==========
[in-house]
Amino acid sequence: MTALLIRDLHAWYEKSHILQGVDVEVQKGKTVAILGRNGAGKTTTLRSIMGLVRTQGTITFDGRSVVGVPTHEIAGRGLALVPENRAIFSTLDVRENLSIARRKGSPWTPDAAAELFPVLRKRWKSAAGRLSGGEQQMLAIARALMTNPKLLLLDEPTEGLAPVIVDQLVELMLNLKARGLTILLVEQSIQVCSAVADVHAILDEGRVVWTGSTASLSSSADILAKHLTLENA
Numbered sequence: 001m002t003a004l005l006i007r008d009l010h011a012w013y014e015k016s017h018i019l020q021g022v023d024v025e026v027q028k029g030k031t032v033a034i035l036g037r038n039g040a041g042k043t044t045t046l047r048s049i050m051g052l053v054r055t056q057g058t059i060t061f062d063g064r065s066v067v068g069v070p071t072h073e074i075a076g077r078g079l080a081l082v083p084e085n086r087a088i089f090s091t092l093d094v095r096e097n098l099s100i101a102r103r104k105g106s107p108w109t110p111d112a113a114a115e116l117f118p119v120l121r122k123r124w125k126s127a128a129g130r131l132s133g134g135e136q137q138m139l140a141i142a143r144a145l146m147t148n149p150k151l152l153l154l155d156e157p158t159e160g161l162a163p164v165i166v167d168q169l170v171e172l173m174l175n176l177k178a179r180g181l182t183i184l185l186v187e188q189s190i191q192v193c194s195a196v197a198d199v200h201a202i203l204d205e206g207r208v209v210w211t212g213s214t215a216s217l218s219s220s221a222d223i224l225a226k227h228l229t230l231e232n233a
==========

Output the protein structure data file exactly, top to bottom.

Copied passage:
[in-house]
Amino acid sequence: MTALLIRDLHAWYEKSHILQGVDVEVQKGKTVAILGRNGAGKTTTLRSIMGLVRTQGTITFDGRSVVGVPTHEIAGRGLALVPENRAIFSTLDVRENLSIARRKGSPWTPDAAAELFPVLRKRWKSAAGRLSGGEQQMLAIARALMTNPKLLLLDEPTEGLAPVIVDQLVELMLNLKARGLTILLVEQSIQVCSAVADVHAILDEGRVVWTGSTASLSSSADILAKHLTLENA
Numbered sequence: 001m002t003a004l005l006i007r008d009l010h011a012w013y014e015k016s017h018i019l020q021g022v023d024v025e026v027q028k029g030k031t032v033a034i035l036g037r038n039g040a041g042k043t044t045t046l047r048s049i050m051g052l053v054r055t056q057g058t059i060t061f062d063g064r065s066v067v068g069v070p071t072h073e074i075a076g077r078g079l080a081l082v083p084e085n086r087a088i089f090s091t092l093d094v095r096e097n098l099s100i101a102r103r104k105g106s107p108w109t110p111d112a113a114a115e116l117f118p119v120l121r122k123r124w125k126s127a128a129g130r131l132s133g134g135e136q137q138m139l140a141i142a143r144a145l146m147t148n149p150k151l152l153l154l155d156e157p158t159e160g161l162a163p164v165i166v167d168q169l170v171e172l173m174l175n176l177k178a179r180g181l182t183i184l185l186v187e188q189s190i191q192v193c194s195a196v197a198d199v200h201a202i203l204d205e206g207r208v209v210w211t212g213s214t215a216s217l218s219s220s221a222d223i224l225a226k227h228l229t230l231e232n233a